Learn from experience

By Andy Plewinski

Canisius Alumnus ’15

We are all taught that once we make a mistake, we should learn from the experience to avoid repeating it. As such, one of my favorite quotes is, “Those who do not learn history are doomed to repeat it.” I can think of no better maxim to describe the troubled history between Canisius College and The Travel Team, Inc. Since the partnership’s founding in 2012, student clubs have suffered persistent financial, planning, and communication problems. I ought to know. I was there for the first problem with Travel Team. As a member of the 2012 Canisius Mock Trial Team, we planned a trip to Pittsburgh, PA. We made hotel arrangements and bus reservations. In submitting all of this to Travel Team, we were assured that they would make reservations, and they even gave us an emergency phone number to call if we had issues. But upon arrival in “Steelers’ Country,” the hotel had no reservations for our group and our repeated attempts to use the emergency phone line went, literally, unanswered. Stories like this are too numerous to repeat here. Let us operate under the assumption that there are many. The real problem worth discussing is why the issue remains relevant today.

When Canisius administrators forced this policy on all student groups- without even asking- the “talking points” were twofold. First, The Travel Team would provide lower prices after a few years because of repeated use of airlines and hotels. Second, The Travel Team’s “emergency” precautionary procedures would provide “peace of mind” to students and staff alike. Both promises were, and still are, wholly empty. The results were not surprising. Even Canisius administrators knew this was a bad deal for students when they voluntarily waived the mandatory reservation fee after certain student senators repeatedly raised concerns of wasted student tax dollars. That is why, after reading the article two weeks ago about how the Travel Team continues to be the cause of wasted funds and student frustration, I thought this might be a good time to consider a core Jesuit value: learning from experience. And because we have had the better part of a decade to learn and experience, it is clear that the College should end its relationship with The Travel Team.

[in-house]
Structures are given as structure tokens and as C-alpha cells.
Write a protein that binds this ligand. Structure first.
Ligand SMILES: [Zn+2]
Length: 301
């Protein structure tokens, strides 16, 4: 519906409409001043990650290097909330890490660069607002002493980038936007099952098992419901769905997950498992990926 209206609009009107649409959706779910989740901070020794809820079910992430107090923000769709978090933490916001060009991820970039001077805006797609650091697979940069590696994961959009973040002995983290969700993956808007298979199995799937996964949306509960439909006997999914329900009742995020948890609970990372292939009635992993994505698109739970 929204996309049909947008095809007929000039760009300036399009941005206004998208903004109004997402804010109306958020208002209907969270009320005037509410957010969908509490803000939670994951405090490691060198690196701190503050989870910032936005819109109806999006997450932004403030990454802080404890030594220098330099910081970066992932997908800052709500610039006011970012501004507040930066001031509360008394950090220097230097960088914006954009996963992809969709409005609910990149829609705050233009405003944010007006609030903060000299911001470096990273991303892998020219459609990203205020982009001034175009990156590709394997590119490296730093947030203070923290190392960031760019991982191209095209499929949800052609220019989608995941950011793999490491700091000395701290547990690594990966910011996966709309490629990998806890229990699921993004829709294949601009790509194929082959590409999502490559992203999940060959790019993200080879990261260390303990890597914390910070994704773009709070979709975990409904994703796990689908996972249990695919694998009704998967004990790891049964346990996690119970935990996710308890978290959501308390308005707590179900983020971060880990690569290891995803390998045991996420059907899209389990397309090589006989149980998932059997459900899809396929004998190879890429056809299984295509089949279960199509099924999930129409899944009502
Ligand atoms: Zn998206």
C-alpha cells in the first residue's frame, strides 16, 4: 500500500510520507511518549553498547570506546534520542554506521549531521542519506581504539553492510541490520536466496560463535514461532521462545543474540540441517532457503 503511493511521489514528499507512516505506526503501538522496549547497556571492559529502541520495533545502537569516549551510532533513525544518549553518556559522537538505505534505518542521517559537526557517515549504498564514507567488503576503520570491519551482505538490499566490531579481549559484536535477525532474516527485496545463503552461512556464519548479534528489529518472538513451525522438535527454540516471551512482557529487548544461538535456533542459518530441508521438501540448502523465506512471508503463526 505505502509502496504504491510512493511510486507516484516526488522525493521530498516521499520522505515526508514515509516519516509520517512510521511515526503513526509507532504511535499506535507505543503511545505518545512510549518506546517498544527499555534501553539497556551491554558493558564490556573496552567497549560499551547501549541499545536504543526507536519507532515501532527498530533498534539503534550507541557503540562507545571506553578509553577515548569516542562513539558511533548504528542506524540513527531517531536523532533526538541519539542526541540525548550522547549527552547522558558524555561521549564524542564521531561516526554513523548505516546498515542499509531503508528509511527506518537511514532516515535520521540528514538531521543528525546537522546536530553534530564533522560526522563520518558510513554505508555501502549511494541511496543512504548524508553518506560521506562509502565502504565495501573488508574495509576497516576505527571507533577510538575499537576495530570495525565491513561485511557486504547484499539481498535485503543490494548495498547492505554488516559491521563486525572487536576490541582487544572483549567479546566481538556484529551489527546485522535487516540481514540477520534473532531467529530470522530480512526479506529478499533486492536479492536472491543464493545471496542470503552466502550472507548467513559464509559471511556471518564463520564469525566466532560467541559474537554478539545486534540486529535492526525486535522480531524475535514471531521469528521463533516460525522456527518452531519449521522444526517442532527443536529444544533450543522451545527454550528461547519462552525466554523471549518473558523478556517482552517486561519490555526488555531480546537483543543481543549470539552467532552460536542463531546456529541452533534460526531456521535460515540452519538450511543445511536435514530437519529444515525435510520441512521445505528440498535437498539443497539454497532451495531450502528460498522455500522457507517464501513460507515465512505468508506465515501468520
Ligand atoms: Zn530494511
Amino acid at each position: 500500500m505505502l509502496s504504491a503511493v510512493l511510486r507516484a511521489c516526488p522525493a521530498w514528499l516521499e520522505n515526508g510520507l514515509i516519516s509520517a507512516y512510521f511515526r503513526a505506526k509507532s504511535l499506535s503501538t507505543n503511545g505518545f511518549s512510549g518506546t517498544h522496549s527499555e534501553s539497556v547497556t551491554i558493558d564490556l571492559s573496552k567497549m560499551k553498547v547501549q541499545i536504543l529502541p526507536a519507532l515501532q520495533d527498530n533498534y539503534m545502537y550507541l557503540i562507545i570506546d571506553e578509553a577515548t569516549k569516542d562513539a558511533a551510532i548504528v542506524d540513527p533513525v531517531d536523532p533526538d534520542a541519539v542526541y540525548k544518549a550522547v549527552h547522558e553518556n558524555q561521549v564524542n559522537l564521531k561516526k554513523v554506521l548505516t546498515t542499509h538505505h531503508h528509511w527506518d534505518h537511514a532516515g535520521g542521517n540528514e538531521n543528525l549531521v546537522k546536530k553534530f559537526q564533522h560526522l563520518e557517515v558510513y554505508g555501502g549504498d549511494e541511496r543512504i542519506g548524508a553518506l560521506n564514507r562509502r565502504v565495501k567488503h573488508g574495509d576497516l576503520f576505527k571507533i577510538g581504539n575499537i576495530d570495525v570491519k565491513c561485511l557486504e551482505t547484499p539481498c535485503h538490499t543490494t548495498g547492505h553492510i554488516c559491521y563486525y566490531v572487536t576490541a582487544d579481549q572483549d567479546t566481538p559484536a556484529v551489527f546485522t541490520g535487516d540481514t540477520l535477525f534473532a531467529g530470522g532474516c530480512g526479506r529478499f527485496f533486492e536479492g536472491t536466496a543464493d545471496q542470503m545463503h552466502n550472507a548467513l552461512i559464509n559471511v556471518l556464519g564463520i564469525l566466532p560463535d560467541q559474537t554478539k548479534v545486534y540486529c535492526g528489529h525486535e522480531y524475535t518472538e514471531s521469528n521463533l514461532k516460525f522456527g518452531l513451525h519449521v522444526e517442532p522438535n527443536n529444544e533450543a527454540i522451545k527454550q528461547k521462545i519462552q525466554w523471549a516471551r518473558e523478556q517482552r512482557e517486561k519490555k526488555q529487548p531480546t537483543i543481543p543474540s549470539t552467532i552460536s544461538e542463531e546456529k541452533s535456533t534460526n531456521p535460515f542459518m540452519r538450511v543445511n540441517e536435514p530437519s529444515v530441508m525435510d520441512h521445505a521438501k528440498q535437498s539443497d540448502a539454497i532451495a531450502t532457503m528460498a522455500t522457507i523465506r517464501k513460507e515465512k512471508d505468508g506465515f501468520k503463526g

The way I see it, both students and administrators have much to gain by ditching The Travel Team. The student body- specifically the Undergraduate Student Association’s student Senate- could use The Travel Team issue as a way to show their continued service for the student body. Not only would it be a good talking point for the next election cycle, it is simply the right thing to do. The Senate cannot build a new parking garage or tear down what used to be Wehle, but removing a policy that continues to harm the student body is both realistic and worth fighting for. Besides, I am sure the Senate could use a reprieve from the continued rumblings surrounding the griffin statue and the recurring theme of budget appeals.

Further, the voluntary separation of the College from the Travel Team could accomplish three important goals for Canisius administrators. First, it would show that they are in touch with the trepidations of the student body. In the face of crumbling College infrastructure, showing concern for issues that students consider important is a great image enhancement. Second, Canisius administrators could alleviate fears of putting profits ahead of the student experience. Simply put, leaving a policy that chronically wastes student tax dollars in place is the equivalent of having a mustard stain on your necktie. Third, giving control of student travel planning back to the student body would be a measurable show of trust. College students – despite what anyone might think – are remarkably resourceful. They are smart, capable and worthy of support. Forcing vendors like The Travel Team on the student body belie these traits and demonstrate a lack of institutional confidence.

It does not matter which side acts. The truth of the matter is that The Travel Team’s connection with Canisius College has been a measurable failure on everything that they promised. In short, “those who do not learn history are doomed to repeat it.” Our six-year history reveals a consistent record of miscommunication, over-expenditure, and financial waste.

To the student body: your time to act is now. Raise your voice over something you have every right to see changed. To quote J.G. Wentworth (for the most part), “it’s your money, and you want it [back].”

To the administrators of Canisius: get out ahead of this issue. Eliminate the unfortunate irony The Travel Team presents. You have much to gain by doing so.

The time to talk is over.  Act.

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